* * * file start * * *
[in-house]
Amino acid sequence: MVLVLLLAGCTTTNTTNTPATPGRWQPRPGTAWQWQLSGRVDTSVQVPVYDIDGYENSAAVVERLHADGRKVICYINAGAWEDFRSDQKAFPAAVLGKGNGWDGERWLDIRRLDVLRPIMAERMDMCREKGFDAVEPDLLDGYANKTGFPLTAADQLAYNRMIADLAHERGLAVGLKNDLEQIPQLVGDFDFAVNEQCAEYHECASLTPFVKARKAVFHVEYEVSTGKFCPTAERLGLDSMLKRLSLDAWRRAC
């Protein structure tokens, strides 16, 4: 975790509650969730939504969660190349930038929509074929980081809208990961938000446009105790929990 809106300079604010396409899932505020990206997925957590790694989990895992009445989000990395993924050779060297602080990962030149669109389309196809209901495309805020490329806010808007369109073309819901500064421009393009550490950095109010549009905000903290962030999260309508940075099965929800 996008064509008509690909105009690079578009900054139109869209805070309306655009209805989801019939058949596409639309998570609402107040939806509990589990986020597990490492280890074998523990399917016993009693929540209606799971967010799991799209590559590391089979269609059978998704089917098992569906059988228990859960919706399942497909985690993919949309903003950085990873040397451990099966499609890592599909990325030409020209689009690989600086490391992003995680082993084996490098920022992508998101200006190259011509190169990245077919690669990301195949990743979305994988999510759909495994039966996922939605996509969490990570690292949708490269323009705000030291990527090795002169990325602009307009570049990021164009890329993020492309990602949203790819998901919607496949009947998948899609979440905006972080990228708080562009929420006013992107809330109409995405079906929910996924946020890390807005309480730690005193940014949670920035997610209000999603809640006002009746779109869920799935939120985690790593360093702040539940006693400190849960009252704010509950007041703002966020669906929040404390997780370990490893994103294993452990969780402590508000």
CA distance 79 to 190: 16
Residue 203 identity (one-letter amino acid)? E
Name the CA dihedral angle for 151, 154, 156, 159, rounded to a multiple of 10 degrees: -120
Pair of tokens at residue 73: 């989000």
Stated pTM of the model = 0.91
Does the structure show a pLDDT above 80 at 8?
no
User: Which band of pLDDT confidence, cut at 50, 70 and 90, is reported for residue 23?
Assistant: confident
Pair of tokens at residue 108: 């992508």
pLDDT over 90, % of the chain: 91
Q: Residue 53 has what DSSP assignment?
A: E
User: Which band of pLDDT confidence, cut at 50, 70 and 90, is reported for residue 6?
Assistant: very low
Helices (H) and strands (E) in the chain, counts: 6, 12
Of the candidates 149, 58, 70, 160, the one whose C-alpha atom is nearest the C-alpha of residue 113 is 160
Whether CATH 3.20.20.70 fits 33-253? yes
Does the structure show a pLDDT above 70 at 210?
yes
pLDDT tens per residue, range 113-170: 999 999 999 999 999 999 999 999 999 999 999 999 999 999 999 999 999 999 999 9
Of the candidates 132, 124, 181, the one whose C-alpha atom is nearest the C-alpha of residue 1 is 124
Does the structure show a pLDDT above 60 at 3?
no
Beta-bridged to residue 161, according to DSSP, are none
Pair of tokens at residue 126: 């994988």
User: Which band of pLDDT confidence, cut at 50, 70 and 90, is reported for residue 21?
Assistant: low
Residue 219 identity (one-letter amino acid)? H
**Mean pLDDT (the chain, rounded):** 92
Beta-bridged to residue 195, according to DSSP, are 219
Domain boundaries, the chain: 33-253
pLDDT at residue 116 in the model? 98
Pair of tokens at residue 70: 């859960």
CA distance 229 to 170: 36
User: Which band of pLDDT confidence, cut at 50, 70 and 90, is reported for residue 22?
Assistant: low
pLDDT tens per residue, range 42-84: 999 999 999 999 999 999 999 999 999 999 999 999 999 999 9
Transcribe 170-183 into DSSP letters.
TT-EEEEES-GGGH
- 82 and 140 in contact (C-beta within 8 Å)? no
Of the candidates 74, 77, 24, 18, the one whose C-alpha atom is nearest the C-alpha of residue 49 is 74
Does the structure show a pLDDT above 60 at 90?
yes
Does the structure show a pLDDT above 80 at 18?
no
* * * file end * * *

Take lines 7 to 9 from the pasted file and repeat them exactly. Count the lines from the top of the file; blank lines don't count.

Pair of tokens at residue 73: 């989000």
Stated pTM of the model = 0.91
Does the structure show a pLDDT above 80 at 8?